"The more complete platform we can offer to our customers, the better," Fluidigm spokesperson Howard High told PCR Insider. "Researchers know that by adopting the Fluidigm platform, they get a great workflow and cost and time savings," he added. However, they do not always have the time or expertise to design gene expression panels that maximize the throughput that the company's microfluidics-based workflow offers, he said.

Isailovic said that reducing the amount of reagent used in the PCR Arrays was a big part of optimizing them for BioMark, but SABiosciences also made some changes to the workflow that Fluidigm needed to test out.

In addition, according to Jeff Hung, senior director of marketing at SABiosciences, a key component to the optimization process was incorporating a pre-amplification step to generate a detectable amount of mRNA from the minute amount present in samples being loaded on the Dynamic Array chips.

Sales teams from both companies will offer the optimized kits, High said. Isailovic added that it was too early to tell whether Fluidigm would be able to leverage SABiosciences parent Qiagen's worldwide sales force, but that talks have already begun about how Qiagen's distribution network might factor into the partnership.

And, High added, "As we go forward, we expect that we'll see more of SABiosciences' offering optimized for Fluidigm's platform," although he didn't elaborate.

On SABiosciences' front, the BioMark system joins a relatively comprehensive list of instrumentation systems for which the PCR Arrays have been optimized. According to SABioscience's website, these include RT-PCR platforms from Life Technologies' Applied Biosystems group; Bio-Rad; Eppendorf; Roche; Agilent's Stratagene unit; and Takara. In addition, the assays will soon be optimized for use with Qiagen's Rotor-Gene Q, the company said.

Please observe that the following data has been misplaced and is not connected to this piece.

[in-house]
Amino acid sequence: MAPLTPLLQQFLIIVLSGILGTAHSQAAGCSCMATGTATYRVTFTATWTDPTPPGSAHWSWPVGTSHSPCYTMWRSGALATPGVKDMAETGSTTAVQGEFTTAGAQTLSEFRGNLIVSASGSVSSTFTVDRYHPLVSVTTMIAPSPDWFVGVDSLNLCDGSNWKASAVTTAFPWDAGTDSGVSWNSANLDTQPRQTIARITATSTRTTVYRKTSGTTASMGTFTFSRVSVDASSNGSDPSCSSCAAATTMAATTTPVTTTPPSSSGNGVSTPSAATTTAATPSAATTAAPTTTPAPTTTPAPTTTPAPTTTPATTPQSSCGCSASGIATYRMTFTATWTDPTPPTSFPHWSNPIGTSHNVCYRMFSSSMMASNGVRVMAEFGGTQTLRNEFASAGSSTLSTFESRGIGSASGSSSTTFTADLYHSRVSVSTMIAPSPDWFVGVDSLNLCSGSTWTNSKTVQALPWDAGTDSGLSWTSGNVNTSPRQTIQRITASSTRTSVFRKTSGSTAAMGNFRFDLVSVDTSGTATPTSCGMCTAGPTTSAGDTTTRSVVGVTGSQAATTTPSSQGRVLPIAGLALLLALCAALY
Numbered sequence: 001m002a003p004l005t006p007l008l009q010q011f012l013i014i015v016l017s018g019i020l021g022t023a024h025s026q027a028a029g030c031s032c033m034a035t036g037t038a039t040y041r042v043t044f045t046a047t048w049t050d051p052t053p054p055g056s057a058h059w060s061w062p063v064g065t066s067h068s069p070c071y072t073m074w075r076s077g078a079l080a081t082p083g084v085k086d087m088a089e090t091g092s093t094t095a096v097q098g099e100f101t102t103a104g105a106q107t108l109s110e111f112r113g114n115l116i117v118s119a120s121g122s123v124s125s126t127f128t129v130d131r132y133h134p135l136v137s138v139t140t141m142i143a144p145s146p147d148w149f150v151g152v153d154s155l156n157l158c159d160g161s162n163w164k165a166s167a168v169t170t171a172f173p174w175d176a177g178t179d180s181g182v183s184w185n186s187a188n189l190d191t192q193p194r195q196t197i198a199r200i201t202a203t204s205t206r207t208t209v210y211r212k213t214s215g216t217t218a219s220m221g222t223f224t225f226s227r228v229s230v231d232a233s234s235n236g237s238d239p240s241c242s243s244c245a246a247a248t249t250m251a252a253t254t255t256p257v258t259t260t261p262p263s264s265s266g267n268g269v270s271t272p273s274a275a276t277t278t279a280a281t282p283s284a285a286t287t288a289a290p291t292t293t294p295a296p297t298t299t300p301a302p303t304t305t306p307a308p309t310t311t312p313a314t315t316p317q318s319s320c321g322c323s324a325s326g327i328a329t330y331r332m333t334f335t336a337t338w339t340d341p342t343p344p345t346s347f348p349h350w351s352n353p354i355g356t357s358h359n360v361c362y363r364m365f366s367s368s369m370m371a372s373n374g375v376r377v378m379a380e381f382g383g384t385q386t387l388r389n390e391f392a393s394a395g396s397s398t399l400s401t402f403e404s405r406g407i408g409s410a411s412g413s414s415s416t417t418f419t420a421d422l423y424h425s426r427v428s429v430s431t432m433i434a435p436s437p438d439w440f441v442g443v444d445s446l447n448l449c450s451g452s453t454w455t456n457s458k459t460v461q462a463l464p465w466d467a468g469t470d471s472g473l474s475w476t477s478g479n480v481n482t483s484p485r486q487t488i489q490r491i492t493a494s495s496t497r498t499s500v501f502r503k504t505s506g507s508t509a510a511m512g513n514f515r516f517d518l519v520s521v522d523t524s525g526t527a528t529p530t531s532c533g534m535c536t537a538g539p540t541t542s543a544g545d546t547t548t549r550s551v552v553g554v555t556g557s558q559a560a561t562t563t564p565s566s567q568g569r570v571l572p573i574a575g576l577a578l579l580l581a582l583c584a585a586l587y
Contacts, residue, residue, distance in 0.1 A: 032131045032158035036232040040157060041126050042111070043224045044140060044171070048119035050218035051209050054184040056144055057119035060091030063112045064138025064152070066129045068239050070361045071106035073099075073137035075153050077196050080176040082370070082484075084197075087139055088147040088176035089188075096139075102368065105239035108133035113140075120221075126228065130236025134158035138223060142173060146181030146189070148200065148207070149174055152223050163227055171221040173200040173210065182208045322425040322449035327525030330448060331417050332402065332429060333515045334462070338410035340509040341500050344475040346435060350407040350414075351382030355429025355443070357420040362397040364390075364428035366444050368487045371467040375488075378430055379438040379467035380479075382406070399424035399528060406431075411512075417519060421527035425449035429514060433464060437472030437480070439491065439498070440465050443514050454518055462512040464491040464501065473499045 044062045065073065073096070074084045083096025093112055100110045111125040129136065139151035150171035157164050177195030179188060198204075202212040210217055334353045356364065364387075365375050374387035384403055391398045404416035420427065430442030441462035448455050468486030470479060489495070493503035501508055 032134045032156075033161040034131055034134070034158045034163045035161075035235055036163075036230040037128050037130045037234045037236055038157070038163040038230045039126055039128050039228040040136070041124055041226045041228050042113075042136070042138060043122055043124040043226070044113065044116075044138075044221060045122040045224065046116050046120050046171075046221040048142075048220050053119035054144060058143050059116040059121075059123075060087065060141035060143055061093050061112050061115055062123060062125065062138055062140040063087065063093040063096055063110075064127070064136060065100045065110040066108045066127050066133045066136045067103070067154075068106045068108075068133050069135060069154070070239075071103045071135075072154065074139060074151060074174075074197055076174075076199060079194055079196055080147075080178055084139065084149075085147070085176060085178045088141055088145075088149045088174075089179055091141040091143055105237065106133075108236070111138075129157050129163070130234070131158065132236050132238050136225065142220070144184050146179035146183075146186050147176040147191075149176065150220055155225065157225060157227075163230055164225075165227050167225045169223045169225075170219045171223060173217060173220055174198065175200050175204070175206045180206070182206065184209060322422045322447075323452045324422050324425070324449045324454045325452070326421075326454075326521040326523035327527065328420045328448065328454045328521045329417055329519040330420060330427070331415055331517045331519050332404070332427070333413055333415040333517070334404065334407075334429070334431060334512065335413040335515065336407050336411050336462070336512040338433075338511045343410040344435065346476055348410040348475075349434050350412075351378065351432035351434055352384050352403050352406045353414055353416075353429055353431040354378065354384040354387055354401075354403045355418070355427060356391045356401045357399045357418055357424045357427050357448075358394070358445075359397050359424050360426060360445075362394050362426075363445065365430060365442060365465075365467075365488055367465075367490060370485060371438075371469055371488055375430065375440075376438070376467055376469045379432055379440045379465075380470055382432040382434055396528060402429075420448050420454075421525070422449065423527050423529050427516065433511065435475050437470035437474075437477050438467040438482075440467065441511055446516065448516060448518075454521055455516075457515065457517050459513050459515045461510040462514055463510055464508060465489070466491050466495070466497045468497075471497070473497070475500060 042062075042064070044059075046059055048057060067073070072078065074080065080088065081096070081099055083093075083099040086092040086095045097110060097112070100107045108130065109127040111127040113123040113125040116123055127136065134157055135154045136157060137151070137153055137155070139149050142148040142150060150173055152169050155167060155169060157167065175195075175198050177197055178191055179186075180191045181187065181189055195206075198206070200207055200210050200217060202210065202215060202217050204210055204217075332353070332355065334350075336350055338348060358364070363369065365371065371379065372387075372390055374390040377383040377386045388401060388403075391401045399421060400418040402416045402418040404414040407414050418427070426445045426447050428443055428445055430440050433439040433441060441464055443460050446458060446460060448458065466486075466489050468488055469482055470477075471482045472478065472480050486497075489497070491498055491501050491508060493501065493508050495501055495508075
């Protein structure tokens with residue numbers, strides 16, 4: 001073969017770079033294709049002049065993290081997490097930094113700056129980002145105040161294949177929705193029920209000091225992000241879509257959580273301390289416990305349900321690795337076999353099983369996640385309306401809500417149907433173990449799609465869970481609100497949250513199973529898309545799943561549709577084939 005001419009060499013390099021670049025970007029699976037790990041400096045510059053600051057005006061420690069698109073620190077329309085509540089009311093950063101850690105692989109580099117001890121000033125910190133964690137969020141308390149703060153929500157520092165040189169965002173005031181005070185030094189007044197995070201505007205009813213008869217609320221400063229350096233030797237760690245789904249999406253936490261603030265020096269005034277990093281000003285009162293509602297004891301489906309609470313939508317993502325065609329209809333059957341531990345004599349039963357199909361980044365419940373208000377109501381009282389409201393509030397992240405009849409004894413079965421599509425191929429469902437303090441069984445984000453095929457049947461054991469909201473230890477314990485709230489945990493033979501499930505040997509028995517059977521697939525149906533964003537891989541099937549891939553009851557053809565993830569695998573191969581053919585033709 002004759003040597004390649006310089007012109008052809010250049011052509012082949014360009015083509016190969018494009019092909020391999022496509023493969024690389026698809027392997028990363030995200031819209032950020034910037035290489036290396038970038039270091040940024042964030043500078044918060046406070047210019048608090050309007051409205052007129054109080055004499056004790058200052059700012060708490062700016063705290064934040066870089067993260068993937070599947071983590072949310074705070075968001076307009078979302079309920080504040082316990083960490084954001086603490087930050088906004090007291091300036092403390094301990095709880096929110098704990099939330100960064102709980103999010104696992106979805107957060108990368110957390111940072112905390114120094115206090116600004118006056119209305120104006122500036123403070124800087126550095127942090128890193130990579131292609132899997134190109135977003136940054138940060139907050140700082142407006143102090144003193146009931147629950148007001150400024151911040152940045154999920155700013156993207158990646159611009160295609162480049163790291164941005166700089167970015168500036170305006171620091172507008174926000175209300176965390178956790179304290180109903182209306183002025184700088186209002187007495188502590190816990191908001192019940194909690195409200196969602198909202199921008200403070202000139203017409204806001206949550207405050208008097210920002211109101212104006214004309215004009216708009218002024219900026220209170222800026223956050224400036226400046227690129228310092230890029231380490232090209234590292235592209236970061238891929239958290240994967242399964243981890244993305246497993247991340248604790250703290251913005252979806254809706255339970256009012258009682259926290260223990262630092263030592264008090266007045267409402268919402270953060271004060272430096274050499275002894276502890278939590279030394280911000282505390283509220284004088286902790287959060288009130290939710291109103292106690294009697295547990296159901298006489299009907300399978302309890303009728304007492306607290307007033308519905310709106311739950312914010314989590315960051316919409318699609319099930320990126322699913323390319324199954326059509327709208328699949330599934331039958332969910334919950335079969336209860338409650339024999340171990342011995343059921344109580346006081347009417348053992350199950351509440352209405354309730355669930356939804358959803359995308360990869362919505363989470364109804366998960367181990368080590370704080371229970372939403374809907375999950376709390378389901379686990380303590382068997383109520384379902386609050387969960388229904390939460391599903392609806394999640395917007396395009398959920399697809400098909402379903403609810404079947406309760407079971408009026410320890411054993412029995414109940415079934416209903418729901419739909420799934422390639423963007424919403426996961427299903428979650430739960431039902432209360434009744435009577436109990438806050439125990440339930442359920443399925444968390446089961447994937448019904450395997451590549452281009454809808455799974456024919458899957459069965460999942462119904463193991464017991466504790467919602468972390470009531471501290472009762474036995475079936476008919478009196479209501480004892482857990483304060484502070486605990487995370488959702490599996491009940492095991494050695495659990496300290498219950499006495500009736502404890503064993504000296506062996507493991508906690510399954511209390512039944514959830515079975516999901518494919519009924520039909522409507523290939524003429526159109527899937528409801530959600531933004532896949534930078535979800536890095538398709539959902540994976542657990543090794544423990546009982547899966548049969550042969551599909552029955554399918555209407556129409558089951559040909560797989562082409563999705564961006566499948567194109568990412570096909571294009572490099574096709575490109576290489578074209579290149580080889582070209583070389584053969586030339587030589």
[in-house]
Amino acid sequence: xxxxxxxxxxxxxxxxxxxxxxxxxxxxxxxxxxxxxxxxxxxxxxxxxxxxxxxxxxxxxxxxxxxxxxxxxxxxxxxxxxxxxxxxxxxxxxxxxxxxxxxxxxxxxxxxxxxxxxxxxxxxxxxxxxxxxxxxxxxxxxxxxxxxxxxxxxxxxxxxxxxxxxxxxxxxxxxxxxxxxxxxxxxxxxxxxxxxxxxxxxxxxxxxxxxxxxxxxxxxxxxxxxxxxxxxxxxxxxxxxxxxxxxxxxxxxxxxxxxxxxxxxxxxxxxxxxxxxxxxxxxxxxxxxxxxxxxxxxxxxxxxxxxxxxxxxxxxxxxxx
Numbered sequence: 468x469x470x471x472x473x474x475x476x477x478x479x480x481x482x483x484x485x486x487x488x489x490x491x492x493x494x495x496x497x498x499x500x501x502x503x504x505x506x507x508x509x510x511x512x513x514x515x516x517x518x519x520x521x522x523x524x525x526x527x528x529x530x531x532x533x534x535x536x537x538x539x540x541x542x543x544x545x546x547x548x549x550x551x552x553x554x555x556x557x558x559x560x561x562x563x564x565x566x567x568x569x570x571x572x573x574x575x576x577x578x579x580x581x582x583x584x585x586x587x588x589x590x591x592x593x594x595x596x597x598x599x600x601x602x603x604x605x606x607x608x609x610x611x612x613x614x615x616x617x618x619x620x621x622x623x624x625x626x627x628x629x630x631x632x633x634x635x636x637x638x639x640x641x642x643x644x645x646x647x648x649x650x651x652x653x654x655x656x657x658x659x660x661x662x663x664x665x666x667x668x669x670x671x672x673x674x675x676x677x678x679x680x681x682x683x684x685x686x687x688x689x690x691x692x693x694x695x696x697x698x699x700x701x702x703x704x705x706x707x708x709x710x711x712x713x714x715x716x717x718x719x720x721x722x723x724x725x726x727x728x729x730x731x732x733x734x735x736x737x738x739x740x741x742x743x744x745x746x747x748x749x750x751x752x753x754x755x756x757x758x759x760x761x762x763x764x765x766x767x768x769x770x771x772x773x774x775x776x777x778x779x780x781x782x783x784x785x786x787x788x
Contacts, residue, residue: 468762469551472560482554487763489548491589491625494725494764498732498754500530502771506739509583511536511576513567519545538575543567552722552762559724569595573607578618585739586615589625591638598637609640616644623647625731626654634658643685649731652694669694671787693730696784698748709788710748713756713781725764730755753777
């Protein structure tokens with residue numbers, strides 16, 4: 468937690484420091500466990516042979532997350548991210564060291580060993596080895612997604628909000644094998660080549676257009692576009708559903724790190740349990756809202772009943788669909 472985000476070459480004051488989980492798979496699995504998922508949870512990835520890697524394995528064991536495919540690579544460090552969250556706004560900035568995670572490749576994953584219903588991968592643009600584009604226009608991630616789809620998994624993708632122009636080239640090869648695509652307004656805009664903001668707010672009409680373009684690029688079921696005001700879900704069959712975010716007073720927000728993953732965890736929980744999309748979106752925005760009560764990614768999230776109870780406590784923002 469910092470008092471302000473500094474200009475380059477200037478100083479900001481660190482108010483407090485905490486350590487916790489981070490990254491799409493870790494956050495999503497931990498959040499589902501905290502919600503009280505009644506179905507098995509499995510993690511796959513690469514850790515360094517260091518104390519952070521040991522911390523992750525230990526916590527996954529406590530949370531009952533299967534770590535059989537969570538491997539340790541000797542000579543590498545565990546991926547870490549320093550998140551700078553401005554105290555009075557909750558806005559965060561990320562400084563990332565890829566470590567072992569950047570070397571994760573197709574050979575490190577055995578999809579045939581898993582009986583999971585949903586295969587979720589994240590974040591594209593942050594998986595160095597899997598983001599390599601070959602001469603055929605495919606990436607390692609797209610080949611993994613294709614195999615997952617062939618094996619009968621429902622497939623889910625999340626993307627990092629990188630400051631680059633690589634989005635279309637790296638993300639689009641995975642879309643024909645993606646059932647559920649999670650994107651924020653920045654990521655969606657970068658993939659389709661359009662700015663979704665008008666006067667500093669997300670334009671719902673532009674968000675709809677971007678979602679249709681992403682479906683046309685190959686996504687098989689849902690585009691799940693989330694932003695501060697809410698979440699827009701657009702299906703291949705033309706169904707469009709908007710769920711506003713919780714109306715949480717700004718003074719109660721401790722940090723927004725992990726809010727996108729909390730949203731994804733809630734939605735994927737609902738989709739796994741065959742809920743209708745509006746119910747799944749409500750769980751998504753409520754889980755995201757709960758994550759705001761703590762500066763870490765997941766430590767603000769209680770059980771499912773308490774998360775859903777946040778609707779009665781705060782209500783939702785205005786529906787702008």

Qiagen acquired Frederick, Md.-based SABiosciences in December for $90 million, primarily for the PCR Arrays product line. The company said at the time that the arrays might help Qiagen and its pharma partners develop companion diagnostics by leveraging technology from another recent Qiagen acquisition, DxS (see PCR Insider 11/17/2009 and GenomeWeb Daily News 9/23/09).

Currently, the majority of SABiosciences' PCR Array customers are in academia – Qiagen said that its new subsidiary was expected to generate around $24 million in revenues this year.

But the partnership with Fluidigm is also expected to open up new markets for SABiosciences in the form researchers who are using a BioMark platform to increase throughput and minimize reagent expenditure.

"The customer base of Fluidigm will be different from many of our current customers in that they will be analyzing many more samples simultaneously," Shankar Sellappan, SABiosciences' PCR Array product manager, told PCR Insider. Those customers are primarily located at pharma and biotech companies and core labs, or are conducting specialized research such as stem cell research, he added.